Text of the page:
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13918

Load Discontinuity in Shock Response and Its Remedies

It has been shown that a load discontinuity at the end of
an impulse will result in an extra impulse and hence an extra amplitude
distortion if a step-by-step integration method is employed to yield the
shock response. In order to overcome this difficulty, three remedies
are proposed to reduce the extra amplitude distortion. The first remedy
is to solve the momentum equation of motion instead of the force
equation of motion in the step-by-step solution of the shock response,
where an external momentum is used in the solution of the momentum
equation of motion. Since the external momentum is a resultant of the
time integration of external force, the problem of load discontinuity
will automatically disappear. The second remedy is to perform a single
small time step immediately upon termination of the applied impulse
while the other time steps can still be conducted by using the time step
determined from general considerations. This is because that the extra
impulse caused by a load discontinuity at the end of an impulse is
almost linearly proportional to the step size. Finally, the third remedy
is to use the average value of the two different values at the integration
point of the load discontinuity to replace the use of one of them for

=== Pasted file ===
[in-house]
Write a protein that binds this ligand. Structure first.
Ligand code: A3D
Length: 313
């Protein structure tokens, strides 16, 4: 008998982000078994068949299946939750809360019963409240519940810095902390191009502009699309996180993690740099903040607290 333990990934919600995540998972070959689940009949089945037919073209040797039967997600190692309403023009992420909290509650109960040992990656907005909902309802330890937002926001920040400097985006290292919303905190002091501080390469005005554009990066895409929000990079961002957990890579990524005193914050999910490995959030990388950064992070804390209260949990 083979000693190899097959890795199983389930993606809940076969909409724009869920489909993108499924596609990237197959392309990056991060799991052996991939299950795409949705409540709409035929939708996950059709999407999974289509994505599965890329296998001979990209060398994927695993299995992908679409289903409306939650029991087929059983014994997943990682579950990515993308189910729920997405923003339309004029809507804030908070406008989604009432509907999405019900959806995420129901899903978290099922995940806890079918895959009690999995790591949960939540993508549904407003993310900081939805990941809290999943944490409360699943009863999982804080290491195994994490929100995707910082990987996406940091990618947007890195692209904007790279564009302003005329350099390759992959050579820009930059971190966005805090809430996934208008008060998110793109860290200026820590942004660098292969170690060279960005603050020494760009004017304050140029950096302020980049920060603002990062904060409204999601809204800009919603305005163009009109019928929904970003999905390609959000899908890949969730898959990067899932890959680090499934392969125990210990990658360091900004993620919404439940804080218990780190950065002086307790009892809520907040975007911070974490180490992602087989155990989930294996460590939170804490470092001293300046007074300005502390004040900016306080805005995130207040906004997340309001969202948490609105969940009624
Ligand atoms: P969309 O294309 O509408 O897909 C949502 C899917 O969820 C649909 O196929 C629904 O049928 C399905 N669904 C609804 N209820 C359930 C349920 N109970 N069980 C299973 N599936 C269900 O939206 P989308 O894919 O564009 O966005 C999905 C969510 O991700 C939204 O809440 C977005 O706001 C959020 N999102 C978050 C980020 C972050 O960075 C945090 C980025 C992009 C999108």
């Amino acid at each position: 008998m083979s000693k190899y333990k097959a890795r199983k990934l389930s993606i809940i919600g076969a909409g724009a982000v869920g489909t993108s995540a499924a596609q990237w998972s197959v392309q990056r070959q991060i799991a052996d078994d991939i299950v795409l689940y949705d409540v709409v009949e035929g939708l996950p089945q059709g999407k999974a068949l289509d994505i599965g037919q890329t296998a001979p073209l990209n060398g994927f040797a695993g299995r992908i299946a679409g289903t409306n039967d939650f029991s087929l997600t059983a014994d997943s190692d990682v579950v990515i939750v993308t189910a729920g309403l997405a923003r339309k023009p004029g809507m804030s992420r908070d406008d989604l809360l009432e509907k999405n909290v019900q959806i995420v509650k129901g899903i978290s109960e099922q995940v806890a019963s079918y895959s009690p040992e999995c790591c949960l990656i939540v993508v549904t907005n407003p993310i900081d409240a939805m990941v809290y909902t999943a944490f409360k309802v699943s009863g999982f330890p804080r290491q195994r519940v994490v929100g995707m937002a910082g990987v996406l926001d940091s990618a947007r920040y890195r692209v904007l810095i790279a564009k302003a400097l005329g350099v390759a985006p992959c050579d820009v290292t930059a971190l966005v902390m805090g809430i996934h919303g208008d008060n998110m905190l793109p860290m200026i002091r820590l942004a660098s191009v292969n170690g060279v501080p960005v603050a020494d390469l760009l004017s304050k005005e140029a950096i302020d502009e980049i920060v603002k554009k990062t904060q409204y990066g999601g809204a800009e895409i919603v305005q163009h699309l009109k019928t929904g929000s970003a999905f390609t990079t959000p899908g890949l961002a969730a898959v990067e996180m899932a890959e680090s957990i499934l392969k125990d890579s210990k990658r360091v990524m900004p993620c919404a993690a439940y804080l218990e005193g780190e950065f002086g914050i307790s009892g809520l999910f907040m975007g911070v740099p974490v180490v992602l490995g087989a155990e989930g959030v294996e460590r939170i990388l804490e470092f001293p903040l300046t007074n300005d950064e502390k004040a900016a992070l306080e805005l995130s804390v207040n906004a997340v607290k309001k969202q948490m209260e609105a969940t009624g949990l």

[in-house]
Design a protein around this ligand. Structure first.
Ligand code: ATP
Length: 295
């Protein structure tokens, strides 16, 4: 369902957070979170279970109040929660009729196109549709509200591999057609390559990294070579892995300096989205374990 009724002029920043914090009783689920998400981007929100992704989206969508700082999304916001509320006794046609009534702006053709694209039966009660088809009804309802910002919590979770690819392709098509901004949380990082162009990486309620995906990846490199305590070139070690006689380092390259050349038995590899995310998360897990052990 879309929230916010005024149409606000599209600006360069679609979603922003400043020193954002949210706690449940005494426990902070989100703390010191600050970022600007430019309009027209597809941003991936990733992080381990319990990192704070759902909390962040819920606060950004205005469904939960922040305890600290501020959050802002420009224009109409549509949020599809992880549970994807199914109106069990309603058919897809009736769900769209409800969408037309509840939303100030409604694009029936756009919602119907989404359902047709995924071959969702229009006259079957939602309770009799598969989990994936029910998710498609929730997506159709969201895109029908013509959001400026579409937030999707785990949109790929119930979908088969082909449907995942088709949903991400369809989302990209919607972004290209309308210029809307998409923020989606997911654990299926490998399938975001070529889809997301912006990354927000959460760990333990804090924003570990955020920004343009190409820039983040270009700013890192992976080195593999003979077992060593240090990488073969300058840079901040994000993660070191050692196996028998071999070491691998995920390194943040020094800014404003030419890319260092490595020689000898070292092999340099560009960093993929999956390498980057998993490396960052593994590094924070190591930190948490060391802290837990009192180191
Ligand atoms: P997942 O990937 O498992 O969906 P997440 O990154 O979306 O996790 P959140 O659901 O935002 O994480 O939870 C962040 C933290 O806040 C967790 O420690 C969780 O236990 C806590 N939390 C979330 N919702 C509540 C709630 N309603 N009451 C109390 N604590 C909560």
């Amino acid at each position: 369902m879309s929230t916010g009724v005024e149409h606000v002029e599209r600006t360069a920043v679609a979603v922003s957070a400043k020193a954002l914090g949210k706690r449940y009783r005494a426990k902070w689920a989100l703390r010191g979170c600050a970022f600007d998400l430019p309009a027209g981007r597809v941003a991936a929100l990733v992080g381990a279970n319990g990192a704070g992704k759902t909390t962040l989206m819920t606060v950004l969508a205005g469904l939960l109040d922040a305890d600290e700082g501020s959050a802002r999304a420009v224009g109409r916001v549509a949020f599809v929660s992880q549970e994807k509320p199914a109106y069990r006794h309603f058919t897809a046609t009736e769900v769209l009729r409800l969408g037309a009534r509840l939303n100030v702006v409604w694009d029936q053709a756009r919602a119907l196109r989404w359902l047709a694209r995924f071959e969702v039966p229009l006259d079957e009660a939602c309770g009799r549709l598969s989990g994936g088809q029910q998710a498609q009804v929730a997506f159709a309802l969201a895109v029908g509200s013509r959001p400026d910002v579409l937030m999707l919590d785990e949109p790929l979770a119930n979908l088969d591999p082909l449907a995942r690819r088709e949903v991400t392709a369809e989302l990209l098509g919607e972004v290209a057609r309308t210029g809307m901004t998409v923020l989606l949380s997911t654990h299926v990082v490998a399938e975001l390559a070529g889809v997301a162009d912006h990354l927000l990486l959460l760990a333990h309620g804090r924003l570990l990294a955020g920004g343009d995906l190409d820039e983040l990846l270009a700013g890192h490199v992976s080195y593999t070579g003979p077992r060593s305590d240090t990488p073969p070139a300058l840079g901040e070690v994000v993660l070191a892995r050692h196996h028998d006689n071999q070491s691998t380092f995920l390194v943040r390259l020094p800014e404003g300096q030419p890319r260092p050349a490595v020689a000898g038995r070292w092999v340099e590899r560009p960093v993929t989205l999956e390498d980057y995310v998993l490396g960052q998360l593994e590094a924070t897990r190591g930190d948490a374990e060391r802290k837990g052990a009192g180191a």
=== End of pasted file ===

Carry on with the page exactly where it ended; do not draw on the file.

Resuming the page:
loading input. The basic motivation of this remedy originates from the
concept of no loading input error associated with the integration point
of load discontinuity. The feasibility of the three remedies are
analytically explained and numerically illustrated.

Dynamic analysis, load discontinuity, shock response,step-by-step integration

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10010515

Weak Instability in Direct Integration Methods for Structural Dynamics

Three structure-dependent integration methods have been developed for solving equations of motion, which are second-order ordinary differential equations, for structural dynamics and earthquake engineering applications. Although they generally have the same numerical properties, such as explicit formulation, unconditional stability and second-order accuracy, a different performance is found in solving the free vibration response to either linear elastic or nonlinear systems with high frequency modes. The root cause of this different performance in the free vibration responses is analytically explored herein. As a result, it is verified that a weak instability is responsible for the different performance of the integration methods. In general, a weak instability will result in an inaccurate solution or even numerical instability in the free vibration responses of high frequency modes. As a result, a weak instability must be prohibited for time integration methods.

Dynamic analysis, high frequency, integration method, overshoot, weak instability.